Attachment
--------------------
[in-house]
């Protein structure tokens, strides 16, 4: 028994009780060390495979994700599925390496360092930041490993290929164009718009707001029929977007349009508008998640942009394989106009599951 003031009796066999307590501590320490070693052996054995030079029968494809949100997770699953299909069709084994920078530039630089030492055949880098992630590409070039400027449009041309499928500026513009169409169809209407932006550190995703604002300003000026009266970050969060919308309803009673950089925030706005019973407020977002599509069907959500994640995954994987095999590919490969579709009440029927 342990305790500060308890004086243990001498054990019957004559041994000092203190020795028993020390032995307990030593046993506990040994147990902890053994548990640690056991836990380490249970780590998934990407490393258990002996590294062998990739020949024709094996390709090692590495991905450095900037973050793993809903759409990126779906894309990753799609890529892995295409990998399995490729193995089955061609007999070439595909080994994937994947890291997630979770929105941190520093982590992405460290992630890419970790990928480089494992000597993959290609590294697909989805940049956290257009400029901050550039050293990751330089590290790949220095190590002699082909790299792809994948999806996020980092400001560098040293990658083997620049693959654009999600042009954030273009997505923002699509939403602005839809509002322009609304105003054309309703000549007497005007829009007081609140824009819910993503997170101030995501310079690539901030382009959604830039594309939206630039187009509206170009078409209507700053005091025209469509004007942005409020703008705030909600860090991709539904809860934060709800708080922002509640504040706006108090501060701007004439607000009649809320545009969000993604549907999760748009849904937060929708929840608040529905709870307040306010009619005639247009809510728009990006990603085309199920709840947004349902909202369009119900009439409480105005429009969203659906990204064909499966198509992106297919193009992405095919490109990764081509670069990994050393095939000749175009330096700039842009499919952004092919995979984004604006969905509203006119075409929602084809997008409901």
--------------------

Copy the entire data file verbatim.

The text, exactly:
[in-house]
């Protein structure tokens, strides 16, 4: 028994009780060390495979994700599925390496360092930041490993290929164009718009707001029929977007349009508008998640942009394989106009599951 003031009796066999307590501590320490070693052996054995030079029968494809949100997770699953299909069709084994920078530039630089030492055949880098992630590409070039400027449009041309499928500026513009169409169809209407932006550190995703604002300003000026009266970050969060919308309803009673950089925030706005019973407020977002599509069907959500994640995954994987095999590919490969579709009440029927 342990305790500060308890004086243990001498054990019957004559041994000092203190020795028993020390032995307990030593046993506990040994147990902890053994548990640690056991836990380490249970780590998934990407490393258990002996590294062998990739020949024709094996390709090692590495991905450095900037973050793993809903759409990126779906894309990753799609890529892995295409990998399995490729193995089955061609007999070439595909080994994937994947890291997630979770929105941190520093982590992405460290992630890419970790990928480089494992000597993959290609590294697909989805940049956290257009400029901050550039050293990751330089590290790949220095190590002699082909790299792809994948999806996020980092400001560098040293990658083997620049693959654009999600042009954030273009997505923002699509939403602005839809509002322009609304105003054309309703000549007497005007829009007081609140824009819910993503997170101030995501310079690539901030382009959604830039594309939206630039187009509206170009078409209507700053005091025209469509004007942005409020703008705030909600860090991709539904809860934060709800708080922002509640504040706006108090501060701007004439607000009649809320545009969000993604549907999760748009849904937060929708929840608040529905709870307040306010009619005639247009809510728009990006990603085309199920709840947004349902909202369009119900009439409480105005429009969203659906990204064909499966198509992106297919193009992405095919490109990764081509670069990994050393095939000749175009330096700039842009499919952004092919995979984004604006969905509203006119075409929602084809997008409901």